Jordan: But she did pull back and I was trying to lower a little bit and before I knew it I just heard a big clamp, and I turned around halfway and all of a sudden the hot walker, she pulled it down. And it hit my back, hit my neck, hit my L4 and L5, and my leg. I laid there for about 10 minutes until they realized that horse is loose, something happened.
John D.: Right. Good night. So about 10 minutes, and so you’re laying there trying to figure out what even happened.
John D.: Wow. So-
Jordan: I looked up and I seen them looking in the pasture for me, and one guy rode over by the barn and I was screaming and crying to get this thing off of me.
John D.: No doubt. So you go get everything checked out, and what did they tell you at the hospital?
Jordan: They told me I broke my L4 and L5, and they didn’t test me for any nerve damage, so they released me. And then the night after, I had a really bad shocking pain and I tried to get out of bed and that’s when it happened. I called one of my friends and I told them to call 911.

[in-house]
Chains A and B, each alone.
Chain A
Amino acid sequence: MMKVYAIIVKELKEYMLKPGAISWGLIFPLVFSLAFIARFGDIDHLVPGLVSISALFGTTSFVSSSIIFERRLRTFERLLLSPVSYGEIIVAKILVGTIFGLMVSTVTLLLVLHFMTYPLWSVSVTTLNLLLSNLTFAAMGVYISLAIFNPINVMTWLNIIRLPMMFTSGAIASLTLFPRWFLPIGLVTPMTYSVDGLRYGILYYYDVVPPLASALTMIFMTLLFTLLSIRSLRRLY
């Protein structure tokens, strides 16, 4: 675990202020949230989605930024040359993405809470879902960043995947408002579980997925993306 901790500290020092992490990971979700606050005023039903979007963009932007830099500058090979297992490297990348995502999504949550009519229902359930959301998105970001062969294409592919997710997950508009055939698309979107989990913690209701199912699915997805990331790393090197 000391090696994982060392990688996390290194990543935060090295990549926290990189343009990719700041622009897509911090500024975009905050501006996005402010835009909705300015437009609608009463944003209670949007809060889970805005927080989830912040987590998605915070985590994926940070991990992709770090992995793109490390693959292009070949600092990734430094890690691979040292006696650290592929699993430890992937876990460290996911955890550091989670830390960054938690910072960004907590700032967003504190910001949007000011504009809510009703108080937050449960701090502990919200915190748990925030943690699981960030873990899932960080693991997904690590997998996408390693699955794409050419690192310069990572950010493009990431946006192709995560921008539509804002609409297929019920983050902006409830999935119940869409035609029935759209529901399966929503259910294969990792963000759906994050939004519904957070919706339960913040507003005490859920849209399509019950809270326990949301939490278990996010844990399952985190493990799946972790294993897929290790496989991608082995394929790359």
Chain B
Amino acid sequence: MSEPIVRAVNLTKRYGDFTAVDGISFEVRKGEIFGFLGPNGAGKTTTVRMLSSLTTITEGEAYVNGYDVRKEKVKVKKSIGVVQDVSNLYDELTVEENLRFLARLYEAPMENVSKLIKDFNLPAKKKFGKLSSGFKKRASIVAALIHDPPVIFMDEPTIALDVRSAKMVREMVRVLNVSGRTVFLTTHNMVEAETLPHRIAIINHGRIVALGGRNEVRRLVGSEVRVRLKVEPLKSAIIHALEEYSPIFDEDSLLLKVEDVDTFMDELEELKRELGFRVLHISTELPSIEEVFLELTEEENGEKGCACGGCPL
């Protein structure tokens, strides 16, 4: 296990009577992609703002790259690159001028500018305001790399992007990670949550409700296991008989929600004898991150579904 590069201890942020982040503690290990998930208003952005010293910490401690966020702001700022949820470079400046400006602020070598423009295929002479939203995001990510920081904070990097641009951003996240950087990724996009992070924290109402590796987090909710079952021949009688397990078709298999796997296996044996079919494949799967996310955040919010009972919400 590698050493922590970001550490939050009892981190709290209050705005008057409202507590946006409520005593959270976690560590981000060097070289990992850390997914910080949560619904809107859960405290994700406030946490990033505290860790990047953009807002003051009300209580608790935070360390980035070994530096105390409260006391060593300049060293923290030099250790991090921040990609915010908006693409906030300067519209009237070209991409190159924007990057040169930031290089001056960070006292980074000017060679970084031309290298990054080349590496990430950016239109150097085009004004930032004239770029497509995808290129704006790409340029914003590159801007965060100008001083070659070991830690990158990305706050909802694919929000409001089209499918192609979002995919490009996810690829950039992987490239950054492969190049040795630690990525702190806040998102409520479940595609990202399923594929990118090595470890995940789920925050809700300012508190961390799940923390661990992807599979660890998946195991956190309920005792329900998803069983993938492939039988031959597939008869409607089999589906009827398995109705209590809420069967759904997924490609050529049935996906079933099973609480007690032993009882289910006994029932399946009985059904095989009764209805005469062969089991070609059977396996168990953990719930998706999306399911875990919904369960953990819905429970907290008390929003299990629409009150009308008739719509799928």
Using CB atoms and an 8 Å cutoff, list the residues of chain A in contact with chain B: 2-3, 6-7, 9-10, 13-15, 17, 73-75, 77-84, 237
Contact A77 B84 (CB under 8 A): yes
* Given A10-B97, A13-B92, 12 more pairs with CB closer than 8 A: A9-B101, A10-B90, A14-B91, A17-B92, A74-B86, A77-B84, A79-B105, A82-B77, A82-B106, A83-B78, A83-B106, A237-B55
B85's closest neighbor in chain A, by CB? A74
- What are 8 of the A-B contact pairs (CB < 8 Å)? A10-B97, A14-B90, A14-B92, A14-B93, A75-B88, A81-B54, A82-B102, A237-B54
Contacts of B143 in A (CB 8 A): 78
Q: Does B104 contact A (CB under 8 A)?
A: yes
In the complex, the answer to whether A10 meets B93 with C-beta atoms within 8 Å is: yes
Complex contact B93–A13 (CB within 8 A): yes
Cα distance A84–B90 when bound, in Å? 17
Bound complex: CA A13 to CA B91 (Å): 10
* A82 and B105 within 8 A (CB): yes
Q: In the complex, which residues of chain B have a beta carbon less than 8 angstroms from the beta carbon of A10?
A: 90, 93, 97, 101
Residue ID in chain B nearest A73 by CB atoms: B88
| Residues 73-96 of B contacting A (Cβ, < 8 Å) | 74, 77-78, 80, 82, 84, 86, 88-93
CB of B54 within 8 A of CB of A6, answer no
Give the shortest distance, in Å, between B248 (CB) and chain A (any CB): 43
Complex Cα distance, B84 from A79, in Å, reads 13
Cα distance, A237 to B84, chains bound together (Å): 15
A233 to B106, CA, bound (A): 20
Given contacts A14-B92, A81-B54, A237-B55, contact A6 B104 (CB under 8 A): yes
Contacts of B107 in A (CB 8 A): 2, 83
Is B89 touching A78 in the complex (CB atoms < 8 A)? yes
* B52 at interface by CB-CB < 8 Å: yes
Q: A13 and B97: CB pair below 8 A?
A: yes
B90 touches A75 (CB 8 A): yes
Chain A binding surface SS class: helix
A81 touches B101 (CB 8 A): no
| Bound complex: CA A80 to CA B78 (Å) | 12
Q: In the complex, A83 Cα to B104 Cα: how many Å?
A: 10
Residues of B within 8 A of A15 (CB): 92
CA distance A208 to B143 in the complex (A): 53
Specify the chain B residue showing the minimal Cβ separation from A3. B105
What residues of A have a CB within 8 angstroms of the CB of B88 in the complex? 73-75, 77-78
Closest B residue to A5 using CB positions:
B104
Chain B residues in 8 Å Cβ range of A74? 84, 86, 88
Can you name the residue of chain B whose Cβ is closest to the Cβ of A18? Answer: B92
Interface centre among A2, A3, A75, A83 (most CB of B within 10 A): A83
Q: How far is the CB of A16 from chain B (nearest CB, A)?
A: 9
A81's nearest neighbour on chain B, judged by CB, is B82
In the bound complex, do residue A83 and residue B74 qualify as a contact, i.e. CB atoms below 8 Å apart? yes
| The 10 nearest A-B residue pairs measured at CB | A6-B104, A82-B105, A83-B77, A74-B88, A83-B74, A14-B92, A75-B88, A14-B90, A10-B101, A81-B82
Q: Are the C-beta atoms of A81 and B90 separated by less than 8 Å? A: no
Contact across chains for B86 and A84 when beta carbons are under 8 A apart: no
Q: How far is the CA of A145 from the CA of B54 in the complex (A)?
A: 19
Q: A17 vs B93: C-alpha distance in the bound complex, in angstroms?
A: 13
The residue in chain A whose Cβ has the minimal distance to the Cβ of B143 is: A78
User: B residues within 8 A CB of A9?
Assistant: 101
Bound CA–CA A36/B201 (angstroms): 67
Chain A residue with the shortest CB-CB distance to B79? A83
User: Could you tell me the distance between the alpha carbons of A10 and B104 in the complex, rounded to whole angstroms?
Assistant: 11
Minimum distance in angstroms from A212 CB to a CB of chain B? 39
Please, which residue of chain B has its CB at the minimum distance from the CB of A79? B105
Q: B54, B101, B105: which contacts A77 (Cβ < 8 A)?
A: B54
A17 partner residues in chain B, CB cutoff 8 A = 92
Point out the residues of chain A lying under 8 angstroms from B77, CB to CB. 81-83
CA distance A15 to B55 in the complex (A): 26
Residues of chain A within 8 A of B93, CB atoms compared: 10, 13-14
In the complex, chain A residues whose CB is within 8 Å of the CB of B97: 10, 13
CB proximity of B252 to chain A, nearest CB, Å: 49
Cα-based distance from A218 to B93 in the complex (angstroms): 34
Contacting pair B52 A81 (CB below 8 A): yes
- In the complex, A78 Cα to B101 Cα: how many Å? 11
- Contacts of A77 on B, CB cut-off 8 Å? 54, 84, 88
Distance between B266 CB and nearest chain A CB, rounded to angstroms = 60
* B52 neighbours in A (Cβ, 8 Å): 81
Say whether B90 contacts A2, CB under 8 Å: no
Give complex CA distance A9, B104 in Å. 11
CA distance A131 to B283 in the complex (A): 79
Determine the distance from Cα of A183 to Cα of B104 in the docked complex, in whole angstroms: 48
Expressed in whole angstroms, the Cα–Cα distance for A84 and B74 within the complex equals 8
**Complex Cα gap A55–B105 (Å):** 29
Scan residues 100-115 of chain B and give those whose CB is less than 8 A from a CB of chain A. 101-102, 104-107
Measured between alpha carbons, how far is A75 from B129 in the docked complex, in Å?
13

Jordan: My roommate finally heard me crying and she ran downstairs. They called 911 and the ambulance got there and they took me back to the hospital the day after to find out that my left leg was paralyzed I guess from trying to get up when I shouldn’t have.
John D.: Oh goodness. Wow.
Jordan: But I shouldn’t have been released out of the hospital.
John D.: No. No, it does not sound like it. So you are now paralyzed from the waist down. And now at the same time your really good black barrel horse had a suspensory injury, so he’s out of work essentially and you actually start him on the Equinety during this time.